And Running, Running
June 3, 2009 9:11 PM   Subscribe

What can an experienced runner do to improve her speed during the off-season?

I've been running daily for about five years now, participating in four years of high school cross country and track. To give a brief idea of my experience, I've raced just about every distance available to me below a half-marathon (800m/1600m/3200m/4k/5k/10k/15k) multiple times. I've peaked at about 60 miles per week during training, my longest run being 18 miles. My most recent mile (1600m) PR came in around 5:22, championing the previous year's record of about 5:40.

However, my off-seasons have left me feeling unproductive. With a pessimistic perspective, it seems my only real gain in speed came from a depression-induced loss of around ten pounds this past year. I've attempted to follow some online training plans during the break between cross country and track, and I've tried to create my own. After about a week of enthusiasm, usually they reveal themselves as over-ambitious. Other times, I begin to question my ability to create a workout that's beneficial to my goal, and thus discredit whatever plan I've been following. I feel like I can follow a rigorous schedule- I just need to know that it's actually helping me.

I'm a runner that thrives on distance, as long days (9-15 miles) are the only workouts that leave me feeling tired but stronger later in the week. However, despite improvements in endurance, it seems that it doesn't translate well to shorter, in-season races. It seems like my body isn't well suited for faster races and I tend to do poorly as the distance begins to drop (where I can do a 5:22 mile, I'm quite sure my fastest 400 was around a 65). My top-end speed is something I feel might be key to improving overall. I'm familiar with tempo runs and do them frequently (6:40-7:20 miles for varying distances), and I incorporate occasional hill workouts during the week, but these seem help little in that sense.

I have a good diet, I eat a lot of fruit and vegetables while avoiding anything processed or greasy (no fast food, no soda, little packaged food). I do not have a strength training plan, mostly due to feeling rather lost when designing one (I feel like I can't tell what is superfluous and what will actually benefit me).

At this point I'm not quite sure what to do. I've always been fast in comparison to my team but always below the range where my accomplishments are recognized.

How can I make this off season productive? Runners, what have you found that has made the most difference in your ability? (Articles, workouts, books, rituals welcome)

Thanks much to everyone!
posted by pyrom to Health & Fitness (8 answers total) 4 users marked this as a favorite
 
Run Less, Run Faster. They use Actual Science to show how they obtained and refined their methodology. In short: take rest days, reduce your mileage, take rest days, start doing speed intervals, and take rest days. If you're not doing speed intervals, you're missing out on a big component of speed improvement.
posted by 0xFCAF at 9:56 PM on June 3, 2009


Have you tried HIIT? I've heard really good things about it improving speed in particular, though also endurance.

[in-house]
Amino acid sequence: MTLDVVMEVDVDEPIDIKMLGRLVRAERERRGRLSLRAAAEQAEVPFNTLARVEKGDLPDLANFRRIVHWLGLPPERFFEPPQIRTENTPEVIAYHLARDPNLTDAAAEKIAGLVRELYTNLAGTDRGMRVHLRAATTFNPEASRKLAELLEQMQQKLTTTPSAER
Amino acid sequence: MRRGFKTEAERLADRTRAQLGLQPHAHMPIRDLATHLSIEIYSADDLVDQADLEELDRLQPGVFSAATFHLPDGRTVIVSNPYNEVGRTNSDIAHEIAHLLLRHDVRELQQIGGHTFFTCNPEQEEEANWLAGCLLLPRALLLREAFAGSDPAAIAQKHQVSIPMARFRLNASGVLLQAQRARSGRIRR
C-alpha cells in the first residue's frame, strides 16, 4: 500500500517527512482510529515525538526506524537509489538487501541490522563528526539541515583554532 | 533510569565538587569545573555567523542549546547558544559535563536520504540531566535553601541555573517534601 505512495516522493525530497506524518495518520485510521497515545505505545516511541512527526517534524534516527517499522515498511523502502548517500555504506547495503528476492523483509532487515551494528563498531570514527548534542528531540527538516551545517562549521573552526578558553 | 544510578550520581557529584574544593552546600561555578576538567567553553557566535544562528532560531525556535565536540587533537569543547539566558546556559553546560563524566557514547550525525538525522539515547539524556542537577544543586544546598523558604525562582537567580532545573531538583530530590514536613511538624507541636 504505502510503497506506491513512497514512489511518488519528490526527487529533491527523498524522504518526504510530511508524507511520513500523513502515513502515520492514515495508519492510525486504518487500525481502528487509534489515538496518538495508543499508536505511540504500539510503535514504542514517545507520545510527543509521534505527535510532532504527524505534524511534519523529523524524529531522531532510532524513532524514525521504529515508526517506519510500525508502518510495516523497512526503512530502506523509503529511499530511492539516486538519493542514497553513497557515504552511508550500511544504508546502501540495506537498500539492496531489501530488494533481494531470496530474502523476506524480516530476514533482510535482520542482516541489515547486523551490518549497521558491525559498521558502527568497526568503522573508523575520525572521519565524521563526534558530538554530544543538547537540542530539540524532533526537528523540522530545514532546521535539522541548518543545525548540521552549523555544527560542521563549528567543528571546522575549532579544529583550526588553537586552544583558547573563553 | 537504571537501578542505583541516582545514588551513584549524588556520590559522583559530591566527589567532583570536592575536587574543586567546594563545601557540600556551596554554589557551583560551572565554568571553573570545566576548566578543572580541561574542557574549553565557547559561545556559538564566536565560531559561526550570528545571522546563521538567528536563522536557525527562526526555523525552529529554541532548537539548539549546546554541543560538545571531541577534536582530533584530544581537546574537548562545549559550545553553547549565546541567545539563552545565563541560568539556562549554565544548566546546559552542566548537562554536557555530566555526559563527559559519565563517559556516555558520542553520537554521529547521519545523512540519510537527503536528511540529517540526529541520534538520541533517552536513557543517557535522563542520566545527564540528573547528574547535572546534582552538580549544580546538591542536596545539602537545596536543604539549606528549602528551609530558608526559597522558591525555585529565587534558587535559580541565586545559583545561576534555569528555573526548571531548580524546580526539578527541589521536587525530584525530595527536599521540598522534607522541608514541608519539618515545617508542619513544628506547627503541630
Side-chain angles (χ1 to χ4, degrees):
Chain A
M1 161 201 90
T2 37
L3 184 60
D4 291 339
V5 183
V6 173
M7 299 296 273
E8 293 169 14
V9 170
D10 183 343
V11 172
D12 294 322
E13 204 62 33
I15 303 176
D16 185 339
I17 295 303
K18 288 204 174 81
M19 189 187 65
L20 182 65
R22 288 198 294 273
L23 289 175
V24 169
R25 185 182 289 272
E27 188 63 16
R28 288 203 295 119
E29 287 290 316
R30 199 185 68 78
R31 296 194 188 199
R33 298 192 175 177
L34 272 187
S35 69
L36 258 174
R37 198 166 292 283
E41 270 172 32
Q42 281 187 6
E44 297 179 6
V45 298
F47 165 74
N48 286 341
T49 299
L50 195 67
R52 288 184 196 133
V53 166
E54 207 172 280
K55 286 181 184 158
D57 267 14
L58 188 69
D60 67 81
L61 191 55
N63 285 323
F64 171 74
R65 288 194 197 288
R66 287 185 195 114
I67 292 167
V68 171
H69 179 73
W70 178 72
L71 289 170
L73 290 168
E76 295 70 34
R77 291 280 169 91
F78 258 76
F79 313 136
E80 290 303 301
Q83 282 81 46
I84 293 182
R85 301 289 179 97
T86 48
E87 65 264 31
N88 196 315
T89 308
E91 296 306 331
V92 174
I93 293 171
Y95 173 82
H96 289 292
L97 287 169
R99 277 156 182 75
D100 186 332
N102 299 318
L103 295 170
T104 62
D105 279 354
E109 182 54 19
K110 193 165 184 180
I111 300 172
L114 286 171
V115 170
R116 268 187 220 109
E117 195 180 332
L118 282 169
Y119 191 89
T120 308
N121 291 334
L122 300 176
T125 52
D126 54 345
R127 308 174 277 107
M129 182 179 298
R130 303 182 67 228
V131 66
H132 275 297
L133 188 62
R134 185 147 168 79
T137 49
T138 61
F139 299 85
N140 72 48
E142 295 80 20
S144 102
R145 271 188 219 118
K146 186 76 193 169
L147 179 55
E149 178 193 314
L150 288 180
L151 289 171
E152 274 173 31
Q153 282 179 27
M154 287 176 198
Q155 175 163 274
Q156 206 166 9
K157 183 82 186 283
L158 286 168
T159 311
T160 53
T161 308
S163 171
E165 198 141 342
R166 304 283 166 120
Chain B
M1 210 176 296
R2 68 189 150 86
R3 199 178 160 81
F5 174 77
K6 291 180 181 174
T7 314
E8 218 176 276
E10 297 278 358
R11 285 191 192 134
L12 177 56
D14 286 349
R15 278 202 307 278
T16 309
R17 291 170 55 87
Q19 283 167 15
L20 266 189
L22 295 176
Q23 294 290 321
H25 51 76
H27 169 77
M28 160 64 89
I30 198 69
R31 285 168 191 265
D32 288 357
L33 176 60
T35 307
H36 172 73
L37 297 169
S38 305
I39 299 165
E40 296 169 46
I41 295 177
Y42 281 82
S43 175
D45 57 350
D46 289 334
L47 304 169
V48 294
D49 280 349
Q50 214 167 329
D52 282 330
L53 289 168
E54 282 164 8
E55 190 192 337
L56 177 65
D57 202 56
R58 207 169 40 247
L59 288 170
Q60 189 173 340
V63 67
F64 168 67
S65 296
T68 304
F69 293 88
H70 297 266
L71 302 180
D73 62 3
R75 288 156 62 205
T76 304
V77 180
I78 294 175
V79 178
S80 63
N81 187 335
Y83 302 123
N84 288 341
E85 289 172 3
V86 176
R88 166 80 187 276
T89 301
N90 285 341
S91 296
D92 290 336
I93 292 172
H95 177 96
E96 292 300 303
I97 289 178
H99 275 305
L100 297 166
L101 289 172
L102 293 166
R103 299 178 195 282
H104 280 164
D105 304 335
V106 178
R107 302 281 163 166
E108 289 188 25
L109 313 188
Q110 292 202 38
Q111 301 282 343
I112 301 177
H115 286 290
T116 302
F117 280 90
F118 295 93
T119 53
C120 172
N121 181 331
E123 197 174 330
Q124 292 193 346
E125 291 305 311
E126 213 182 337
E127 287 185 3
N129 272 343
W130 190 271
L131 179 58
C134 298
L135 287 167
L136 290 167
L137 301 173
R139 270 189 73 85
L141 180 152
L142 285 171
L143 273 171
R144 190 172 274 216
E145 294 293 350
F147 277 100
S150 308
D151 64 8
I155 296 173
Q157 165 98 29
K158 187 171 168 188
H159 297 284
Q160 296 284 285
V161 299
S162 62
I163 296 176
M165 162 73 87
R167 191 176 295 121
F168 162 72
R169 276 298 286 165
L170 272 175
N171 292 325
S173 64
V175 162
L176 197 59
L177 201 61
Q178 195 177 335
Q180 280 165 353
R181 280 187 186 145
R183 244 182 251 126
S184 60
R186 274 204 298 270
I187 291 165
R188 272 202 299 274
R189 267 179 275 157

posted by insectosaurus at 10:01 PM on June 3, 2009


I'm going to pose this question to one of my best buds, who is an ultra marathoner. Will follow up when I get a response from her.
posted by xiaolongbao at 1:37 AM on June 4, 2009


yeh speed intervals and sprints.
posted by edtut at 1:37 AM on June 4, 2009


Resistance training?
posted by BrotherCaine at 2:03 AM on June 4, 2009


Hills don't *feel* like they do anything right away, but they help. Don't just do the same ol' hill though. Find a good hill of about a half mile, then do random intervals on it. As far down as you go, that's how far you've gotta go up at 80%-90%. Do that once a week.
posted by notsnot at 4:00 AM on June 4, 2009


If you're not already doing so, I'd be throwing in a day of track work. I tend to get faster when I'm doing at least one day of track work (repeats of anywhere from 400m - 2000m), one tempo run, and one long run per week.

From the sounds of it, you could use some sprint-specific training to get your speed up. I don't know much about that but I'm sure there's some good info about that available online.
posted by PFL at 7:18 AM on June 4, 2009


To quote my ultra marathoner friend:

"in regards to off season speed...well, its the off season for a reason, lol, but to stay fresh, keep some of your runs short and quick. i'm the same as the girl asking the question, thrive on distance (like 20mi days which are not conducive to speed...), but after almost all my "easy" runs i throw in 6-10 x 100m hill "sprints" ie: like 1 block of a slight incline and just stride up it quickly. soooo easy to do and actually will keep your legs fresh. also, i make sure my shorter runs are close to tempo pace once or twice a week. take a 4-6miler out at close to what would be half marathon pace, or about :30 slower than 5k pace and try to pick it up towards the end. not quite a full tempo run so you don't have to recover from it but gets you about a 5k worth of work. and if you're not a fan of lifting, at least do consistent core work, all the time, every season."

Hope this helps.
posted by xiaolongbao at 9:16 AM on June 4, 2009


« Older Swimming cardio filter: for fr...   |  I want to send a text to someo... Newer »
This thread is closed to new comments.